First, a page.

Monday night was the first of our series called Deepening. The series needed a vague sort of title because it is a catch all: a fortnightly something-or-other that will have a running theme each season, but that crosses the boundaries between bible-study, faith-development, theological reflection, and ‘taught’ topics. This term’s theme — if one dares call it that — is God. (images of… , experience of… , language for… , telling our story of…)
So, this week, we played around with lots of pictures, using them as a way to begin talking together and to get to know each other as a group.
During the evening, we each spoke about an image we reacted strongly to, chose an image that we would use to help show someone else our understanding of God, and played devil’s advocate questioning and opposing the analysis of the images that was first offered.
So far so good, but I was nervous about the next task. Would it work? Would they dare?
I asked the group to see if they could come up with an image of God for St Mary’s. If someone walked into church for the first time on a Sunday morning and stayed for both the service and coffee, what sense of God would they get?
The goal was ‘reality’ — the image of God we actually project… though I promised we would then go onto the ‘dream’.
I thought it would be difficult. I thought that the first images offered for negotiation would be too diverse. Well, they were diverse; but the people who chose Christa (Christ on the cross, represented as a woman) and the children’s-bible image of Jesus (dressed in white, with a blue-bird on his hand, surrounded by half-grown animals) had no intention of pressing their point. Very quickly one image emerged. It’s an image that I ‘read’ very differently to the group, and personally don’t like — but I didn’t press that point, since what the rest of them saw in the image was consistent.
Image first, I think, and then some of what was said about it. If anyone who was there wants to chime in, I’m sure I’m forgetting lots.
The group choose this as an image of welcome and embrace. The arms were seen as God reaching out to us — and as a sign of the community’s willingness to reach out to one another. There is welcome — but the welcome is given by one who has known pain; by those who have known pain. The thought was that this was a hidden truth — one that only became clear as one got to know the congregation more deeply. The dove(s) were welcomed because several of the group had spoken of their sense of God as being ‘Spirit’ and ‘not being a person’.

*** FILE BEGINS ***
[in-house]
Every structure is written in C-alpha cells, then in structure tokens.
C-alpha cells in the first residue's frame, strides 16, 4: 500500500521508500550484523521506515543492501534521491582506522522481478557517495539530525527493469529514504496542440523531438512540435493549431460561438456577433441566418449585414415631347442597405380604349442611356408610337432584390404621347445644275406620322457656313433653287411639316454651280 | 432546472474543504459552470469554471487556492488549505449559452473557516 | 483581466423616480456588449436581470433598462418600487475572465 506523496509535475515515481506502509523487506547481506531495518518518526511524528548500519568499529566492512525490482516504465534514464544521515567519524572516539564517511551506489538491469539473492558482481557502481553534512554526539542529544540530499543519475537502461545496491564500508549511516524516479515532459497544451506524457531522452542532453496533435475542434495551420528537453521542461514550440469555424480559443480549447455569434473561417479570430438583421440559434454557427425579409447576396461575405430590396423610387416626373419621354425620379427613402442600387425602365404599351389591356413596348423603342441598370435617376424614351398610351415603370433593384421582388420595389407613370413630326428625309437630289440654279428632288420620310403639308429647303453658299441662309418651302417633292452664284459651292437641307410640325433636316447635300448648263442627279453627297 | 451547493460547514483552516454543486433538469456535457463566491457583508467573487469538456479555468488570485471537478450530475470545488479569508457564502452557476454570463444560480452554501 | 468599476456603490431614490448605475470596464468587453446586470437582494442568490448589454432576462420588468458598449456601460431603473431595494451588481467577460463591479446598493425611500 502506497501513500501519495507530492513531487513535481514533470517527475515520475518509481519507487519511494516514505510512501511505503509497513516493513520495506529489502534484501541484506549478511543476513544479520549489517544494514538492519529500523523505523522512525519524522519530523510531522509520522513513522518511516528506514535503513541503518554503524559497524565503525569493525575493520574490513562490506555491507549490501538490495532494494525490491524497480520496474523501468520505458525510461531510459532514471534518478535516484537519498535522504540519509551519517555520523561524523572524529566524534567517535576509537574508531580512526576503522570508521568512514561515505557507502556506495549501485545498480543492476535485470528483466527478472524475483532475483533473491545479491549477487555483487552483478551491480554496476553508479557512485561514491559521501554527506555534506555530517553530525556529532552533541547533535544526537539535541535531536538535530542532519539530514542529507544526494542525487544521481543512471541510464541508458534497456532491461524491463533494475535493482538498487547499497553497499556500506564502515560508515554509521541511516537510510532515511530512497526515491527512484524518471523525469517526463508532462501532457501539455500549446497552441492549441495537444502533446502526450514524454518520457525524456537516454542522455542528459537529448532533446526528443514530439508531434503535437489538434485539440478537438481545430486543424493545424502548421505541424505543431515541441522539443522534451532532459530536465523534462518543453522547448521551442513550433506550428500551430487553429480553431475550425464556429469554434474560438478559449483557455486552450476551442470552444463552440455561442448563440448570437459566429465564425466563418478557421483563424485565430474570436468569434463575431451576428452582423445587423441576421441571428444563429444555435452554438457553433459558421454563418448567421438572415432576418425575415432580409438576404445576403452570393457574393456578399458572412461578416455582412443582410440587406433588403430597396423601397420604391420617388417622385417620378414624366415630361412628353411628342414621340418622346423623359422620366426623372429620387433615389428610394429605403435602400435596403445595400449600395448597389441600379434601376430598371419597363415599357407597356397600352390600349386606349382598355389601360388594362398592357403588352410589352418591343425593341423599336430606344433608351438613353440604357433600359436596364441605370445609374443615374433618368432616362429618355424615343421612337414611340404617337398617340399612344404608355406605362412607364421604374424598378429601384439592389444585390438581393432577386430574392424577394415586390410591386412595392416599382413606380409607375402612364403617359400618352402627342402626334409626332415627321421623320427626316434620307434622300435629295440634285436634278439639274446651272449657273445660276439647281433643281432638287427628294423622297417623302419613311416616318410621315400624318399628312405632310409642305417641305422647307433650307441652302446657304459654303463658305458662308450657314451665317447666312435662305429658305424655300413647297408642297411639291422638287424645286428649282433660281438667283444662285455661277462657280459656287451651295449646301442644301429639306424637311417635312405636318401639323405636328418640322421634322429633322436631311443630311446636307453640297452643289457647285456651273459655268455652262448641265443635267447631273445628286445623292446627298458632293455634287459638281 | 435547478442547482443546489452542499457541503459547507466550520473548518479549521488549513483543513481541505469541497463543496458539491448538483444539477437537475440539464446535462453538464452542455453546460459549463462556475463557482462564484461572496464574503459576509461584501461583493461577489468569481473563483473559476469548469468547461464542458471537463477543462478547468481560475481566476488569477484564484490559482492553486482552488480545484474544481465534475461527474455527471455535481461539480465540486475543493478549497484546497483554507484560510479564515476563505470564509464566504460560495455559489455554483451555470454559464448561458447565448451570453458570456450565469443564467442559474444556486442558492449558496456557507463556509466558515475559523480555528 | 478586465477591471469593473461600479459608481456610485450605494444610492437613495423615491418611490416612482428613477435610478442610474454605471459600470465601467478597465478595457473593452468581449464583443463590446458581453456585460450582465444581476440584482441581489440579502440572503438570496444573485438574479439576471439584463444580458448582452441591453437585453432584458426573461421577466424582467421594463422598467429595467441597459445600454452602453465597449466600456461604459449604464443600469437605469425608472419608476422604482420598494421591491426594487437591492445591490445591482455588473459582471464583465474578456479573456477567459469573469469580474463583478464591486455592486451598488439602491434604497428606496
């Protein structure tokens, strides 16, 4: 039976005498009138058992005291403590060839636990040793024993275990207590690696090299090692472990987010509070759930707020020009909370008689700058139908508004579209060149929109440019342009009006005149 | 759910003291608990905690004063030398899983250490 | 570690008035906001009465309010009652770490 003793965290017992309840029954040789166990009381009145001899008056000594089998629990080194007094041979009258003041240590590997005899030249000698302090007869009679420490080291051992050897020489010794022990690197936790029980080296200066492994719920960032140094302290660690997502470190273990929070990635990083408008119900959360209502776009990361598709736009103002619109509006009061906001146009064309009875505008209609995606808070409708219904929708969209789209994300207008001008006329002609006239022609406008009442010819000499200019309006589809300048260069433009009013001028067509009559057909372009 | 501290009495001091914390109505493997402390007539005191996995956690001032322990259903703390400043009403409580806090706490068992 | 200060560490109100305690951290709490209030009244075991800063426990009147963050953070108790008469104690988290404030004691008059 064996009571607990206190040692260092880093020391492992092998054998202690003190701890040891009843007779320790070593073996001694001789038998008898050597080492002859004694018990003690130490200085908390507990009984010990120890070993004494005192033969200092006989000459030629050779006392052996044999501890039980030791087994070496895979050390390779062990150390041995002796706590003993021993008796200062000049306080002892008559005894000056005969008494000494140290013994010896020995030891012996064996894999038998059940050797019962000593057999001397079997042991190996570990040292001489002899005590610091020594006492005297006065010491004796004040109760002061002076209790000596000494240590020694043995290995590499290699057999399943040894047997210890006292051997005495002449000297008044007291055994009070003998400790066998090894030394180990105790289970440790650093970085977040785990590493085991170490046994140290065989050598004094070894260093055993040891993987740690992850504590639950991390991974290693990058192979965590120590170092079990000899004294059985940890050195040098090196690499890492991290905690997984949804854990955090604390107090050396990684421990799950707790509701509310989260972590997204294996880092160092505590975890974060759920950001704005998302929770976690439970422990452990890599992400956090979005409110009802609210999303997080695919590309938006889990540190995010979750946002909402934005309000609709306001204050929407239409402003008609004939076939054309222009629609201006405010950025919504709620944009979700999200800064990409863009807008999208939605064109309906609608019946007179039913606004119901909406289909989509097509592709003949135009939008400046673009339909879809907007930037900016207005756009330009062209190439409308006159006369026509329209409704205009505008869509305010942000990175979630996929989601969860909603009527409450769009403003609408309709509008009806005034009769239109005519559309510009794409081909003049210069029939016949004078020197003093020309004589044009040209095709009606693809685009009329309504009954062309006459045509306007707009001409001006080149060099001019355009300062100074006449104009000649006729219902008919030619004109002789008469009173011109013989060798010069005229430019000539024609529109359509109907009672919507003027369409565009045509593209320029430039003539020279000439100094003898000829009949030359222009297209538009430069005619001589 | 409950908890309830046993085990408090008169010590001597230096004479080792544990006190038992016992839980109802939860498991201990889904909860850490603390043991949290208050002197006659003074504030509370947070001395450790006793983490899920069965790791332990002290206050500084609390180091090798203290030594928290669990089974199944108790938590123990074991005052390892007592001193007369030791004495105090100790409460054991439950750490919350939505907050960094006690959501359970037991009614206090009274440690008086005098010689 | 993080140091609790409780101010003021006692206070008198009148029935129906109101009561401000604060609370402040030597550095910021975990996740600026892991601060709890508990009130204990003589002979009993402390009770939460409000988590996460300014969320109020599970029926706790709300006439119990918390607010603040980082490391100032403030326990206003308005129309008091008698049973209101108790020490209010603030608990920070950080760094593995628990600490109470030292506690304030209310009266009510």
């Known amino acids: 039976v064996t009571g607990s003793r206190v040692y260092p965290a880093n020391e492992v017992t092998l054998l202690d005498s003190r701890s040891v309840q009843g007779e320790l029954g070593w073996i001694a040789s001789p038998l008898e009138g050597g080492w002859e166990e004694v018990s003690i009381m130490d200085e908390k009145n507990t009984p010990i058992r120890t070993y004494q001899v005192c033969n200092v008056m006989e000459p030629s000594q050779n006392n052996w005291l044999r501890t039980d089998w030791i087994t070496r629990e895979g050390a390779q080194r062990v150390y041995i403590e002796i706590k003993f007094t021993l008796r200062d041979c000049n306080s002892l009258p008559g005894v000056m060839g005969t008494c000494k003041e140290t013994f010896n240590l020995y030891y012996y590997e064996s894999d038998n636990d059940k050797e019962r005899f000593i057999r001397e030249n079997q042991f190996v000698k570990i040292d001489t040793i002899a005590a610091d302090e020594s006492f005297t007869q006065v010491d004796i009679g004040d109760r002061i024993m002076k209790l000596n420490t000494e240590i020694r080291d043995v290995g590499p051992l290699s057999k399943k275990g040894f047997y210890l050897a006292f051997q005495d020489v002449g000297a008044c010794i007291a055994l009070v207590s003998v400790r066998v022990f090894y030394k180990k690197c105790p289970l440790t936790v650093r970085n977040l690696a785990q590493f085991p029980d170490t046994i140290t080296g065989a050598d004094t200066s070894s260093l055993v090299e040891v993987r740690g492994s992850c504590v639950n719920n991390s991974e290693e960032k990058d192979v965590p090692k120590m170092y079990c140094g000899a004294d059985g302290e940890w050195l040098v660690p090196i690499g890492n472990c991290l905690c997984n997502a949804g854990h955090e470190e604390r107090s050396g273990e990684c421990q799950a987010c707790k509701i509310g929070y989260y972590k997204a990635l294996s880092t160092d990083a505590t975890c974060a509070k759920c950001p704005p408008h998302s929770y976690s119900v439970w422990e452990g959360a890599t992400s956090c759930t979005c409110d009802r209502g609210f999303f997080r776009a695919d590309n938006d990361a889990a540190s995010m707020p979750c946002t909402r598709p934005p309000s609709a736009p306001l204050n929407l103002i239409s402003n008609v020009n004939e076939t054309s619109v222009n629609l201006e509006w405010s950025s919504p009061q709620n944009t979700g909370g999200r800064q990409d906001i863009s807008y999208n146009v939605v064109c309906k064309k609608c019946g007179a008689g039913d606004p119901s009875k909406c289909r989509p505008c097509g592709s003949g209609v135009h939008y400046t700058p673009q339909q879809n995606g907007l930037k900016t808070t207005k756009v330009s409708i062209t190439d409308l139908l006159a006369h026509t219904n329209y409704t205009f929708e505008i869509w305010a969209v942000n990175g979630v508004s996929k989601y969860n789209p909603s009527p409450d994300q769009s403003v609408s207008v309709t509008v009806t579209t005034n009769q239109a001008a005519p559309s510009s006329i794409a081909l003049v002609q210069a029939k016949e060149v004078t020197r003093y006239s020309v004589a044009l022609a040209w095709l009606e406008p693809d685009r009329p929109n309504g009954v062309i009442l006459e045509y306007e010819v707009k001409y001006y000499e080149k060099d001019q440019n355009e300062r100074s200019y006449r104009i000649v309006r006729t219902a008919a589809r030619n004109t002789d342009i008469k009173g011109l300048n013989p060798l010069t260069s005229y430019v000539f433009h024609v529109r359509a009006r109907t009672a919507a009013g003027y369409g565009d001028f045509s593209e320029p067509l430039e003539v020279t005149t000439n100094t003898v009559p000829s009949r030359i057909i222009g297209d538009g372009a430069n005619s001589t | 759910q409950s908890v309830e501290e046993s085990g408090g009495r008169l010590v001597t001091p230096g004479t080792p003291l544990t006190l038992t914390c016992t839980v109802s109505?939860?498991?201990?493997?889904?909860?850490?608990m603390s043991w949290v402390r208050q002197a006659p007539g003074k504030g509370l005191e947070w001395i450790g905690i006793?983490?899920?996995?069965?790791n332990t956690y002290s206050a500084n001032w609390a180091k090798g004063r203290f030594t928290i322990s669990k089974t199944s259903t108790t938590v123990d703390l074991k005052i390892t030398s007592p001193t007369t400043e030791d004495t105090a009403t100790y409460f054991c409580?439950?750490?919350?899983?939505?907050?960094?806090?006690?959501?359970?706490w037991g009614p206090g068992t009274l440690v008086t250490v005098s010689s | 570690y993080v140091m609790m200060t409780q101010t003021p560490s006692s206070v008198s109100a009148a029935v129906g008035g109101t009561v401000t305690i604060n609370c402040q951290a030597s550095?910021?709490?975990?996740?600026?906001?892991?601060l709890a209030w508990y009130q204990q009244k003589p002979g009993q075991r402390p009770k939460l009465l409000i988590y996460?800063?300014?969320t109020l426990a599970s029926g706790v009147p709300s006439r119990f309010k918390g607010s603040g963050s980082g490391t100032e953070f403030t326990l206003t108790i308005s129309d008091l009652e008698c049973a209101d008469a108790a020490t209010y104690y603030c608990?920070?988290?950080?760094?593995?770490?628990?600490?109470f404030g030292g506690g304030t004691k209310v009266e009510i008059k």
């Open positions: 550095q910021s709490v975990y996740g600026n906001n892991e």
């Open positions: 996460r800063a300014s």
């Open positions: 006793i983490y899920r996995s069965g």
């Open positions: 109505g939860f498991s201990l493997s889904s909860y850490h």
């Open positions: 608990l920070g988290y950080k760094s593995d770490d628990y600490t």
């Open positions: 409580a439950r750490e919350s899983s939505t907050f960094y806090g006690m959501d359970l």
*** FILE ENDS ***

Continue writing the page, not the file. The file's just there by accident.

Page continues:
I was uneasy with the image, but fascinated by what people said. But most of all (of course) I wanted to see what they chose for the dream.
At first, the group thought that the image above said all they wanted to. We were already living the dream. When pressed a bit, there was a clear vote for another image: one that said many of the same things, but moved us on a bit. This one I love:
Here we were ‘all in it together’, there were still themes of welcome and embrace, and that embrace still held the cross, but now ‘we were going somewhere’; the image wasn’t static; there was space for those who were afraid or unsure, and the faith that Christ was in our midst. And of course there was still a dove…
Once the dreaming had started, we kept thinking of more and more things we wanted to include: a sense of the holy, a willingness to laugh, the joy of the dance, and the centrality of children. You can find the pictures below the fold.
It was a good conversation and I wished I’d invited it sooner. What the congregation says about itself is remarkably consistent — not least the initial sense of satisfaction with the church as it is. But I find it a relief that just a tiny bit of prodding led to a tumble of dreams. That lets me breath easy. I would far rather we were a bit restless than overly settled in what we already do well.